An acupuncturist with day blindness is the sole witness to the murder of Korea’s crown prince in the historical thriller “The Owl,” which opened in theaters Wednesday.
For actor Ryu Jun-yeol, this plot with a weak and handicapped commoner holding the key to the greatest royal scandal of all times was what drew him in to take on the lead role of the partially blind acupuncturist.
“A low-class person with a handicap in the Joseon Dynasty [1392-1910] enters the walls of the royal palace and ends up with this sense of responsibility to reveal the truth about the most powerful individuals in the country,” said Ryu during an interview in Jongno District, central Seoul. “‘The Owl’ is a commercial film, but has an underlying message that is certainly worth discussion in today’s world.”
“The Owl” is a saguek (Korean historical drama) that bases its plot on the death of the Crown Prince Sohyeon (1612-1645), the son of Joseon Dynasty’s 16th king, King Injo (1595-1649).
The Veritable Records of King Injo records his son’s gruesome death as Sohyeon’s entire body turning blackish and blood coming out from all seven holes on his head. “He looked as if he had been drugged,” the record reads.
The movie puts its own spin on this bit of history by introducing the fictional character of Ryu’s partially blind acupuncturist who witnesses the prince’s death.
Ryu’s condition of day blindness, also called hemeralopia, renders him essentially blind in daylight, but partially sighted at night.
The actor said that he met with people with this handicap before going on the set of “The Owl.”
“I asked them questions and we ate a few meals together as well. And the time I spent with them broke my stereotype that all people with visual impairments couldn’t see at all and that they couldn’t do a lot of the things that we do. Many people at the center could run and eat without help.”
In addition to visiting the center for the blind, Ryu also took inspiration from runway models and his own past for the character.
“One of my hobbies is watching fashion shows, and I’ve always been fascinated with the eyes of runway models, which seem to me as if they have no focus on a particular object. I studied that and used it to act blind. Also, I have a relative who is blind. I remember meeting him when I was young and telling my mom that he looks like he is dreaming. He always seemed to be looking at something bigger than what we could see.”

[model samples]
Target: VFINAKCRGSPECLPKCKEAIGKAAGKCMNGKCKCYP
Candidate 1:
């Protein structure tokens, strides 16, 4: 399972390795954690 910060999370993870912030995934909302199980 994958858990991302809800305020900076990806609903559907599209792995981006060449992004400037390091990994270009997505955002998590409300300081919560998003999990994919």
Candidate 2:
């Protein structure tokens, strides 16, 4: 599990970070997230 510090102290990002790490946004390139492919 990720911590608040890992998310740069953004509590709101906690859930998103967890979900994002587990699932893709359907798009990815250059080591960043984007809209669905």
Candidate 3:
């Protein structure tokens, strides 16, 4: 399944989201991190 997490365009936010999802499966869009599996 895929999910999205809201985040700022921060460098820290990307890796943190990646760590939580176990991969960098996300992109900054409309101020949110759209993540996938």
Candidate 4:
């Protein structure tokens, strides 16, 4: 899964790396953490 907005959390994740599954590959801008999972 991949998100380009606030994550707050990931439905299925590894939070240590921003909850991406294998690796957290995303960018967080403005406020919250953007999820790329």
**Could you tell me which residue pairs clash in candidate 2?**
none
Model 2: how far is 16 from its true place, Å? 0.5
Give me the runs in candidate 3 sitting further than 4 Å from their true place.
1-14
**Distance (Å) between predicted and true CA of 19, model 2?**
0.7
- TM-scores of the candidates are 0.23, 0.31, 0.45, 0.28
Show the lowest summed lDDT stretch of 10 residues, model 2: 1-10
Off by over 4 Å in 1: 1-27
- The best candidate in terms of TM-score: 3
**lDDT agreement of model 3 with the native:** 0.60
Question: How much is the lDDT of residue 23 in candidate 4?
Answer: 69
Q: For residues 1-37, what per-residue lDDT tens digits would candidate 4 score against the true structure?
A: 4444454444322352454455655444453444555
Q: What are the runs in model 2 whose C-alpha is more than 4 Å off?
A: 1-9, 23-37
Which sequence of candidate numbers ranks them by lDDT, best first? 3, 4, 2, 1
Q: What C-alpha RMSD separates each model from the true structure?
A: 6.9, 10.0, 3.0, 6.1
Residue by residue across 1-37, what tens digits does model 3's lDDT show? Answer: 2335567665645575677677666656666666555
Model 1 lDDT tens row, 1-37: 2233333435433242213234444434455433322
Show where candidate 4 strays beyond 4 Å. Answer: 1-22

Ryu’s character is partially blind, but also an incredibly skilled acupuncturist.
“I had to practice a lot, often on rolls of tissue paper,” he said.
Ryu debuted in 2012 as a supporting actor in various short independent films. His breakthrough came in 2015 through the film “Socialphobia” and tvN teen drama series “Reply 1988.” He has since gone on to star in blockbusters including “The King” (2017) and “Little Forest” (2018).
He has worked with veteran actor Yoo Hai-jin, who plays King Injo in “The Owl,” twice before, in films “The Battle: Roar to Victory” in 2019 and “A Taxi Driver” in 2017.
“Everyone was probably surprised that Yoo is the king in the movie, but I certainly wasn’t. I knew he would do a phenomenal job,” said Ryu.
Three of Yoo’s films — “The King and the Clown” (2005), “Veteran” (2015) and “A Taxi Driver” — sold over 10 million tickets, rendering him one of the most-watched actors on the local big screen.
Until recently, Yoo was on the local big screen for the action comedy blockbuster “Confidential Assignment 2: International.” For many of his past works as well, he has been in the public eye for similar down-to-earth and humorous roles, a stark contrast from the actor’s new role in “The Owl.”
Yoo said that the film’s director Ahn Tae-jin cast him as King Injo because he had been looking “for a new type of king that hasn’t been seen in the previous sageuk.”
In the film, he certainly strays from the archetypal Joseon Dynasty kings, who are often restrained in behavior and callous, rather than being more expressive, as Yoo depicts.
“I don’t think that kings in those days would have held back all the time, especially when they were by themselves,” he said.
The role also revealed Yoo’s wide spectrum as an actor. But Yoo said that while the public may not be so familiar with him in these more solemn roles, he has played “more serious and powerful roles like King Injo” during his earlier theater days before he made his film debut in 1997.
“I went back to my live theater days for this role and approached it as if I were on a live stage instead of in front of the cameras,” said Yoo.
Yoo is a theater major at the Seoul Institute of the Arts and was part of a theater group for some three years afterward, before making his big screen debut in 1997 through the mystery crime film “Blackjack.”
“I know my public image and ‘Confidential Assignment’ only recently closed in theaters, so I was worried that people wouldn’t be able to accept me as this much graver character,” said Yoo, which he said added to the pressures he felt during filming. “I didn’t want to become an obstacle for the film, so I really tried my best to believe that I really was a king. It helped when I put on the traditional Joseon Dynasty king’s gown.
“In the end, I was just glad no one laughed during my scenes.”
BY LEE JIAN [firstname.lastname@example.org]